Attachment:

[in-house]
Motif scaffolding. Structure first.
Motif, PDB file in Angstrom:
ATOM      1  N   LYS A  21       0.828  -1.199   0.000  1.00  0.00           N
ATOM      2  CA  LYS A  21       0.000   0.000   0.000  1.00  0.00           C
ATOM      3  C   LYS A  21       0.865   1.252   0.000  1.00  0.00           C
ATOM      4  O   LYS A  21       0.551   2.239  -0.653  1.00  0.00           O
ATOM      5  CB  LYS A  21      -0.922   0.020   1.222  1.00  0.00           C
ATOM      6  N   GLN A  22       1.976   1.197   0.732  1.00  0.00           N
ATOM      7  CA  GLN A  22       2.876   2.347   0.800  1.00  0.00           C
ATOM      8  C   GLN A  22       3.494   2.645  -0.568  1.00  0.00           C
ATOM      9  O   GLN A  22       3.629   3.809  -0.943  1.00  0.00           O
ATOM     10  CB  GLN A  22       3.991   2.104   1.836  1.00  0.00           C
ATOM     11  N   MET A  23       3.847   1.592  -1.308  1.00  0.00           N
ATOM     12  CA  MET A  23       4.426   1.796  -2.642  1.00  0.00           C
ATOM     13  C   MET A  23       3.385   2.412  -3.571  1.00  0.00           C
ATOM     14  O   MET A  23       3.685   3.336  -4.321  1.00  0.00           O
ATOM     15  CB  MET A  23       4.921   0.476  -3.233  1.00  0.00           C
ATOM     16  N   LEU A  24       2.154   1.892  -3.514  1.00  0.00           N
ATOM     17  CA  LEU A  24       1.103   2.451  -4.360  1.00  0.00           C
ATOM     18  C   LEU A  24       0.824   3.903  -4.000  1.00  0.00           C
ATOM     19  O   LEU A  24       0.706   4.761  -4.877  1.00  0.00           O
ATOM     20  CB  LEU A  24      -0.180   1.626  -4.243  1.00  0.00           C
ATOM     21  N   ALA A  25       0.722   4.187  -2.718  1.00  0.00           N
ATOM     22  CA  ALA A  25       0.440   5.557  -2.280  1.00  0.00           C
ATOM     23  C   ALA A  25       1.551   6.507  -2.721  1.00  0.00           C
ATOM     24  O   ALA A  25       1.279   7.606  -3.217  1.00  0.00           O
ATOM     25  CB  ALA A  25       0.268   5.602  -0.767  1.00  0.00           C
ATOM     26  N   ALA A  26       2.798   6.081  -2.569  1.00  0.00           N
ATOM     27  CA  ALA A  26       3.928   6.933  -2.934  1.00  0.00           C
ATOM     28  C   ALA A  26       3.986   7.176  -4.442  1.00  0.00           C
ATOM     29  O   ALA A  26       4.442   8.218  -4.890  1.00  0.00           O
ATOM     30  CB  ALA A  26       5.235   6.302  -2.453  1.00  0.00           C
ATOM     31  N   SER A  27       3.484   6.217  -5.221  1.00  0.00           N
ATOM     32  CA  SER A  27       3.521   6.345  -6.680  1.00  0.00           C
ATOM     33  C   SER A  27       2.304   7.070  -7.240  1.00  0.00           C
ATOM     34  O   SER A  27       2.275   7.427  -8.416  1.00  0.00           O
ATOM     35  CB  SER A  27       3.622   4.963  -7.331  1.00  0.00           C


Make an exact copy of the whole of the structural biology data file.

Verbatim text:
[in-house]
Motif scaffolding. Structure first.
Motif, PDB file in Angstrom:
ATOM      1  N   LYS A  21       0.828  -1.199   0.000  1.00  0.00           N
ATOM      2  CA  LYS A  21       0.000   0.000   0.000  1.00  0.00           C
ATOM      3  C   LYS A  21       0.865   1.252   0.000  1.00  0.00           C
ATOM      4  O   LYS A  21       0.551   2.239  -0.653  1.00  0.00           O
ATOM      5  CB  LYS A  21      -0.922   0.020   1.222  1.00  0.00           C
ATOM      6  N   GLN A  22       1.976   1.197   0.732  1.00  0.00           N
ATOM      7  CA  GLN A  22       2.876   2.347   0.800  1.00  0.00           C
ATOM      8  C   GLN A  22       3.494   2.645  -0.568  1.00  0.00           C
ATOM      9  O   GLN A  22       3.629   3.809  -0.943  1.00  0.00           O
ATOM     10  CB  GLN A  22       3.991   2.104   1.836  1.00  0.00           C
ATOM     11  N   MET A  23       3.847   1.592  -1.308  1.00  0.00           N
ATOM     12  CA  MET A  23       4.426   1.796  -2.642  1.00  0.00           C
ATOM     13  C   MET A  23       3.385   2.412  -3.571  1.00  0.00           C
ATOM     14  O   MET A  23       3.685   3.336  -4.321  1.00  0.00           O
ATOM     15  CB  MET A  23       4.921   0.476  -3.233  1.00  0.00           C
ATOM     16  N   LEU A  24       2.154   1.892  -3.514  1.00  0.00           N
ATOM     17  CA  LEU A  24       1.103   2.451  -4.360  1.00  0.00           C
ATOM     18  C   LEU A  24       0.824   3.903  -4.000  1.00  0.00           C
ATOM     19  O   LEU A  24       0.706   4.761  -4.877  1.00  0.00           O
ATOM     20  CB  LEU A  24      -0.180   1.626  -4.243  1.00  0.00           C
ATOM     21  N   ALA A  25       0.722   4.187  -2.718  1.00  0.00           N
ATOM     22  CA  ALA A  25       0.440   5.557  -2.280  1.00  0.00           C
ATOM     23  C   ALA A  25       1.551   6.507  -2.721  1.00  0.00           C
ATOM     24  O   ALA A  25       1.279   7.606  -3.217  1.00  0.00           O
ATOM     25  CB  ALA A  25       0.268   5.602  -0.767  1.00  0.00           C
ATOM     26  N   ALA A  26       2.798   6.081  -2.569  1.00  0.00           N
ATOM     27  CA  ALA A  26       3.928   6.933  -2.934  1.00  0.00           C
ATOM     28  C   ALA A  26       3.986   7.176  -4.442  1.00  0.00           C
ATOM     29  O   ALA A  26       4.442   8.218  -4.890  1.00  0.00           O
ATOM     30  CB  ALA A  26       5.235   6.302  -2.453  1.00  0.00           C
ATOM     31  N   SER A  27       3.484   6.217  -5.221  1.00  0.00           N
ATOM     32  CA  SER A  27       3.521   6.345  -6.680  1.00  0.00           C
ATOM     33  C   SER A  27       2.304   7.070  -7.240  1.00  0.00           C
ATOM     34  O   SER A  27       2.275   7.427  -8.416  1.00  0.00           O
ATOM     35  CB  SER A  27       3.622   4.963  -7.331  1.00  0.00           C